For years I strongly believed that capital punishment was a viable crime deterrent and a just form of punishment. This was coupled with a sens of satisfaction that the death penalty provided me with; the serving of just desserts. I was not a Christian nor a believer in any sort of God, but I appreciated those conservative religious people who understood the obvious necessity for a legal death sentence.
Upon entering one of they many streams of the Christian faith ( a very conservative one) I was pleased to find that many of my long held political convictions fit in quite nicely with my new found religion. It was not long before, after overcoming my initial fear of heterodoxy, my understanding of Christ’s teachings began to take me in new ‘liberal’ directions both theologically and politically. I guess it really is a slippery slope.
Now I am firmly opposed to the administering of the death sentence. Not that I don’t think the state has the right to take life under extreme circumstances; I am certainly glad that the Baltimore police as well as the Marine Corps are fully armed and trust (and hope) that they expert in the use of those arms. Nor do I think that no one ‘deserves’ to be executed. Plenty of people deserve no less than death for their crimes- those who commit single as well as multiple murders, those who kidnap and rape and torture, not to mention the world’s horrendous genocidal despots. I think, tough, that taking this final irrevocable step -of killing the guilty – in some way diminishes our own humanity. More objectively, I am opposed to capital punishment on the grounds that the state certainly has executed innocent people, and continues to do so.
I have tried to make that last point many times when talking with Christian fundamentalists. For the most part, they are very much in favor of capital punishment. Many of them firmly believe that there is a biblical imperative for the death sentence, that God not only does not forbid it, he mandates it. I’ve found that there is little value in arguing against these Biblical points, as there is usually an unbridgeable gulf of scriptural understanding between us. They read the Bible much differently than I do and so long as east is east and west is west….
But what confounds me so much is that, even if you get some of the most rigid fundamentalists to admit that our judicial system is humanly flawed and at times corrupt, even after being confronted with the growing testimony of numerous death sentences being commuted due to new DNA evidence, they will remain firm in their support of capital punishment. Righteousness trumps mercy yet again.
There seems to be a sense that those innocent people killed by the state are in some way negligible and acceptable losses for a system that firmly metes out justice. Surely, they will say, the death penalty is an effective deterrent (highly disputable) and those murderers left alive might kill again (even though no one is suggesting that they be released). I often hear that the cost of keeping these convicts alive is not in our economic best interests yet that very argument receives their righteous criticism when the abortion advocates use it. I even had one good lady tell me that my concern was misdirected, because even if the innocent person was executed, if they had made their peace with God, then they (like the Good Thief ) would receive their reward in Paradise. Couldn’t this same argument be used for abortion, or even for infanticide? This is the type of perverted theology that drives tragic stories like that of Andrea Yates, who drowned her own, still innocent, children rather than chance their falling into Hell.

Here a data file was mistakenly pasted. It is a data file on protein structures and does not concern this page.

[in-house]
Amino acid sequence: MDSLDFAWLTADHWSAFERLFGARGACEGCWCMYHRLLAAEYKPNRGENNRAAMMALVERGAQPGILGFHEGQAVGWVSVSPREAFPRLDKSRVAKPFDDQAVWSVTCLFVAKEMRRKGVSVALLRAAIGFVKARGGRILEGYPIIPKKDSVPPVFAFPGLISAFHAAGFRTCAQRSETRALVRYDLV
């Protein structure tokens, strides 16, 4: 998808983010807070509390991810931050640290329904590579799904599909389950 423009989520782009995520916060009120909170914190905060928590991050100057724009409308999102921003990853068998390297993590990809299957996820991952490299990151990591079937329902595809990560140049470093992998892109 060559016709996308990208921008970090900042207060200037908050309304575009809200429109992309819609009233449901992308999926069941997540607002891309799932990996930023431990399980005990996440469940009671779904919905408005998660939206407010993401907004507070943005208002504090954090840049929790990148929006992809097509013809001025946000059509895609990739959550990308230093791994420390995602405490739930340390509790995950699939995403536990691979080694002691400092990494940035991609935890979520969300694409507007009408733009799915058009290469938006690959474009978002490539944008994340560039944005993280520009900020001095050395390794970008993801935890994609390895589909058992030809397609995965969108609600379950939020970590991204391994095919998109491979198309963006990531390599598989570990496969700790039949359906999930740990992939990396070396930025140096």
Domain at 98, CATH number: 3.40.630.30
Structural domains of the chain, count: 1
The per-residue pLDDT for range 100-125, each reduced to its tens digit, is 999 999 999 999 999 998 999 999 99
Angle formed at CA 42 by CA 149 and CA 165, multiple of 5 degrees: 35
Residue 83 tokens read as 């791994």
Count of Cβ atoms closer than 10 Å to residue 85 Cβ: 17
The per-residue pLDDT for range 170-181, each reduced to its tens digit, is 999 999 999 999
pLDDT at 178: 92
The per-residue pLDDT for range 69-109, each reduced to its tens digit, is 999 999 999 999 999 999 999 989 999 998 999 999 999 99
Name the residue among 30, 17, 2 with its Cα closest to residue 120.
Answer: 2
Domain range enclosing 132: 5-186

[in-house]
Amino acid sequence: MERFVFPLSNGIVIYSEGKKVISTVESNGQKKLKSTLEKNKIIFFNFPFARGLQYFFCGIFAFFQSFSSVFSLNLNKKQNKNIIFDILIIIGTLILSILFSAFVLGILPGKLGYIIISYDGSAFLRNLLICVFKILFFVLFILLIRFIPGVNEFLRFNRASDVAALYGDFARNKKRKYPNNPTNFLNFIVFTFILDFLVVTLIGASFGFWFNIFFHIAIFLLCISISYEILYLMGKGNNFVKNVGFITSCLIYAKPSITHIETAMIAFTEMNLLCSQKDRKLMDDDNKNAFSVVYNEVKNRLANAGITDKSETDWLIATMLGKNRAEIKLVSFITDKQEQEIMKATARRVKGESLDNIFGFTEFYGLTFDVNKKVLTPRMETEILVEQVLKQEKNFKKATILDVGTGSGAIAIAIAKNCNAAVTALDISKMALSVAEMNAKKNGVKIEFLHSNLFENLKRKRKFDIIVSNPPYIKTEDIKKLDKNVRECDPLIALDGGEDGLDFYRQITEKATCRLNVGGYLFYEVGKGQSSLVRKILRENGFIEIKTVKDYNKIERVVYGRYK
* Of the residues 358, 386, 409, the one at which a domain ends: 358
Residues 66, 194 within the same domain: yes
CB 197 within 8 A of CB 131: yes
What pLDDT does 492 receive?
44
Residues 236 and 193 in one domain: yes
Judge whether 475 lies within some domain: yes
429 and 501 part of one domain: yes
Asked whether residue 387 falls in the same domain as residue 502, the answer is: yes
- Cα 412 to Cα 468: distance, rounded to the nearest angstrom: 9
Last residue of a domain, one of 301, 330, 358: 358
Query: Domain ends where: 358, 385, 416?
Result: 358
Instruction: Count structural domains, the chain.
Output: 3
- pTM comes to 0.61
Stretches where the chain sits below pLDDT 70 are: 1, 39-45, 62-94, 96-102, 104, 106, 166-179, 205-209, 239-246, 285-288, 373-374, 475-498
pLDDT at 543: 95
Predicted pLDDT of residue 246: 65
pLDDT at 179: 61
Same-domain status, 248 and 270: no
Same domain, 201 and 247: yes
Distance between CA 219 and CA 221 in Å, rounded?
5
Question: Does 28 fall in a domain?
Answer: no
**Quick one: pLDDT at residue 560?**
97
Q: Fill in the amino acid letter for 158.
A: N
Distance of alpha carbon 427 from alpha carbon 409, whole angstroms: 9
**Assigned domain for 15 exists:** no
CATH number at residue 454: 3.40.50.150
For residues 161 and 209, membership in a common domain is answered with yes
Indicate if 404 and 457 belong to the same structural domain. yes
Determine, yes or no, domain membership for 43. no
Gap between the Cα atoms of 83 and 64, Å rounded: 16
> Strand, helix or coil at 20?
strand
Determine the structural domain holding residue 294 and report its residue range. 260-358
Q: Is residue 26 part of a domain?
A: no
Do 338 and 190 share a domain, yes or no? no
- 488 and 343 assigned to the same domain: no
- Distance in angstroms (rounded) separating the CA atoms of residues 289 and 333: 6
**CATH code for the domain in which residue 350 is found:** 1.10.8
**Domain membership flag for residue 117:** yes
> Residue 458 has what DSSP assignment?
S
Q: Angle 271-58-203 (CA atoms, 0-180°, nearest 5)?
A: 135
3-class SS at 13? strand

We could debate these issues all day long and never come to an agreement. But if we can concede that it is at all possible (and the evidence PROVES that it is not only possible but likely) for the state to take the life of an innocent person, how can anyone, much less a Christian, tolerate capital punishment? Do we agree with Mr. Spock when he upbraids the illogical and emotional Captain Kirk, saying that “the good of the many outweigh the good of the one” ? Perhaps Caiaphas said it even better; “You know nothing at all! You do not realize that it is better for you that one man die for the people than that the whole nation perish.” (John 11:49-50).
I think it is worth considering that this willingness on the part of many Christians to risk sacrificing innocent lives for the benefit of the majority, coupled with an eagerness to bestow a punishment of death on the guilty, are the toxic byproducts of a traditional and orthodox view of Jesus’ undeserved execution as the legal and substitutionary sacrifice for our own individual, as well as collective, guilt. Once again, the secular world seems to have a better understanding of Jesus’ teachings on forgiveness.